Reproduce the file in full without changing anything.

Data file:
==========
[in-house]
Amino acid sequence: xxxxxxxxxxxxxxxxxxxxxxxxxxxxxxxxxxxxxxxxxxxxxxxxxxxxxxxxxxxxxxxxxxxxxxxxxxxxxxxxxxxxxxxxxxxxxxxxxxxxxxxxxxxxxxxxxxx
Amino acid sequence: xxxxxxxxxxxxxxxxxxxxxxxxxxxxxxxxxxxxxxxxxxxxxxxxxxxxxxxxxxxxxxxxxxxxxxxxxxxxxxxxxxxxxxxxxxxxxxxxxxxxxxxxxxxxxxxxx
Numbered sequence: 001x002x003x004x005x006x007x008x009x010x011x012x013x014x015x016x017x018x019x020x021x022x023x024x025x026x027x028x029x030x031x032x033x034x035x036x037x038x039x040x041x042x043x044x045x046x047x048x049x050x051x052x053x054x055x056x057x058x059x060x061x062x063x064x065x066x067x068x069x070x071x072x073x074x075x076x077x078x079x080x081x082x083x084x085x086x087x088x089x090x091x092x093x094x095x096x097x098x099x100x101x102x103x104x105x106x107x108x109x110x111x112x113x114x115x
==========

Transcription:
[in-house]
Amino acid sequence: xxxxxxxxxxxxxxxxxxxxxxxxxxxxxxxxxxxxxxxxxxxxxxxxxxxxxxxxxxxxxxxxxxxxxxxxxxxxxxxxxxxxxxxxxxxxxxxxxxxxxxxxxxxxxxxxxxx
Amino acid sequence: xxxxxxxxxxxxxxxxxxxxxxxxxxxxxxxxxxxxxxxxxxxxxxxxxxxxxxxxxxxxxxxxxxxxxxxxxxxxxxxxxxxxxxxxxxxxxxxxxxxxxxxxxxxxxxxxx
Numbered sequence: 001x002x003x004x005x006x007x008x009x010x011x012x013x014x015x016x017x018x019x020x021x022x023x024x025x026x027x028x029x030x031x032x033x034x035x036x037x038x039x040x041x042x043x044x045x046x047x048x049x050x051x052x053x054x055x056x057x058x059x060x061x062x063x064x065x066x067x068x069x070x071x072x073x074x075x076x077x078x079x080x081x082x083x084x085x086x087x088x089x090x091x092x093x094x095x096x097x098x099x100x101x102x103x104x105x106x107x108x109x110x111x112x113x114x115x